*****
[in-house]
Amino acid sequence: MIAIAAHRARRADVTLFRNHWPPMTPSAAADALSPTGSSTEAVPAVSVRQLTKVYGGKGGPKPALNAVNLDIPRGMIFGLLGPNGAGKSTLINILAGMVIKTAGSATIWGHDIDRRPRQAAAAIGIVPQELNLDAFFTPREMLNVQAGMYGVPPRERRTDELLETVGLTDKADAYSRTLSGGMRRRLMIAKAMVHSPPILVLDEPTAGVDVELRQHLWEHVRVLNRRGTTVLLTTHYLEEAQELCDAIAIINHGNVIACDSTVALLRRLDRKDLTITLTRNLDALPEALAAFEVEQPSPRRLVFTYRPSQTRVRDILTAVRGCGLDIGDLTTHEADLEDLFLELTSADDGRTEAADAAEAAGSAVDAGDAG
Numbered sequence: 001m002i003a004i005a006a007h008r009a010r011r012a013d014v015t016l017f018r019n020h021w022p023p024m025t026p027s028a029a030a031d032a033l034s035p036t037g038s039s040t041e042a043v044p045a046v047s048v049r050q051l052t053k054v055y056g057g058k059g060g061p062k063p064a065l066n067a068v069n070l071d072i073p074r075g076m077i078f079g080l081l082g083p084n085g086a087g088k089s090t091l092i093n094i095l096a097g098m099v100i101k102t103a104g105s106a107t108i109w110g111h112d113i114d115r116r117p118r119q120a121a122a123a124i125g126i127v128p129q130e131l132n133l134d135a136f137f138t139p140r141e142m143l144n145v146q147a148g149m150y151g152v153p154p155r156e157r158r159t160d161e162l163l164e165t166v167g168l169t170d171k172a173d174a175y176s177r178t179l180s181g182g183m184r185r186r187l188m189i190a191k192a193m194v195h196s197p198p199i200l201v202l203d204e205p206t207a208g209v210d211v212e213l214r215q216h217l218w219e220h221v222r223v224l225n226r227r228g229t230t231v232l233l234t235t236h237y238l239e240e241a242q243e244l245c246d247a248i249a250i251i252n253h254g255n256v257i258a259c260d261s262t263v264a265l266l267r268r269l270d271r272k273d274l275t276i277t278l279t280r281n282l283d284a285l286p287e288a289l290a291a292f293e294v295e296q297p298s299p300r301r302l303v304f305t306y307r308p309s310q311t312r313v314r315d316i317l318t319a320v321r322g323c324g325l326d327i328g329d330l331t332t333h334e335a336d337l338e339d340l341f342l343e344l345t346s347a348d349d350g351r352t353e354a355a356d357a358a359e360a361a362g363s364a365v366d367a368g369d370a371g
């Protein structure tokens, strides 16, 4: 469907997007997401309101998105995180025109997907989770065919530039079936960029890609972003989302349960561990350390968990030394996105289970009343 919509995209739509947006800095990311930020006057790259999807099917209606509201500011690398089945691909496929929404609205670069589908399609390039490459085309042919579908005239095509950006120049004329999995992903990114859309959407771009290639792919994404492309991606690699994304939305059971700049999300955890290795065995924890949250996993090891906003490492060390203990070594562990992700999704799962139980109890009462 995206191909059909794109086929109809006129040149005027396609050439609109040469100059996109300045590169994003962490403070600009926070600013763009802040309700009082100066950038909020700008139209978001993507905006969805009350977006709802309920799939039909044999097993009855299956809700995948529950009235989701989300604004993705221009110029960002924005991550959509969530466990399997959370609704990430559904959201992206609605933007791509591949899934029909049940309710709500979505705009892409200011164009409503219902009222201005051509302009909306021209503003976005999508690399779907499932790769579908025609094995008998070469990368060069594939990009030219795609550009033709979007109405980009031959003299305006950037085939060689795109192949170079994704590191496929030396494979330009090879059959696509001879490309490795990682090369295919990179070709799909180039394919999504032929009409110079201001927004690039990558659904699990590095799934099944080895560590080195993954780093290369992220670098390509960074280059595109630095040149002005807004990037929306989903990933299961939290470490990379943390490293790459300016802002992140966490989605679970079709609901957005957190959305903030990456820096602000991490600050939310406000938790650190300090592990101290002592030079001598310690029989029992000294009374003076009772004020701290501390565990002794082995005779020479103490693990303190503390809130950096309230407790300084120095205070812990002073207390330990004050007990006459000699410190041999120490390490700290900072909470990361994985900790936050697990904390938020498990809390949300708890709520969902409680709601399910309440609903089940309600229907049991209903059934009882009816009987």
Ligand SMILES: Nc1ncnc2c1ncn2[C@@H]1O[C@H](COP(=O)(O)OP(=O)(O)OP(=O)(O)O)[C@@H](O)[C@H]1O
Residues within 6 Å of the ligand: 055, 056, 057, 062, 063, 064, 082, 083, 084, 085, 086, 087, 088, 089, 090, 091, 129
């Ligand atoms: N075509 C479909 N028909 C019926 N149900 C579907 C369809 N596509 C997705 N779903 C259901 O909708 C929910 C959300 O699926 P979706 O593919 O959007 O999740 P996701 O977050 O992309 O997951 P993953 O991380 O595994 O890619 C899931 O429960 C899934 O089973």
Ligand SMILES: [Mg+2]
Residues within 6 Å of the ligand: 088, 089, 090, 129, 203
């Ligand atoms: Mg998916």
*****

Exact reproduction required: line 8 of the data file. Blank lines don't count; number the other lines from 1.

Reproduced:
Ligand SMILES: [Mg+2]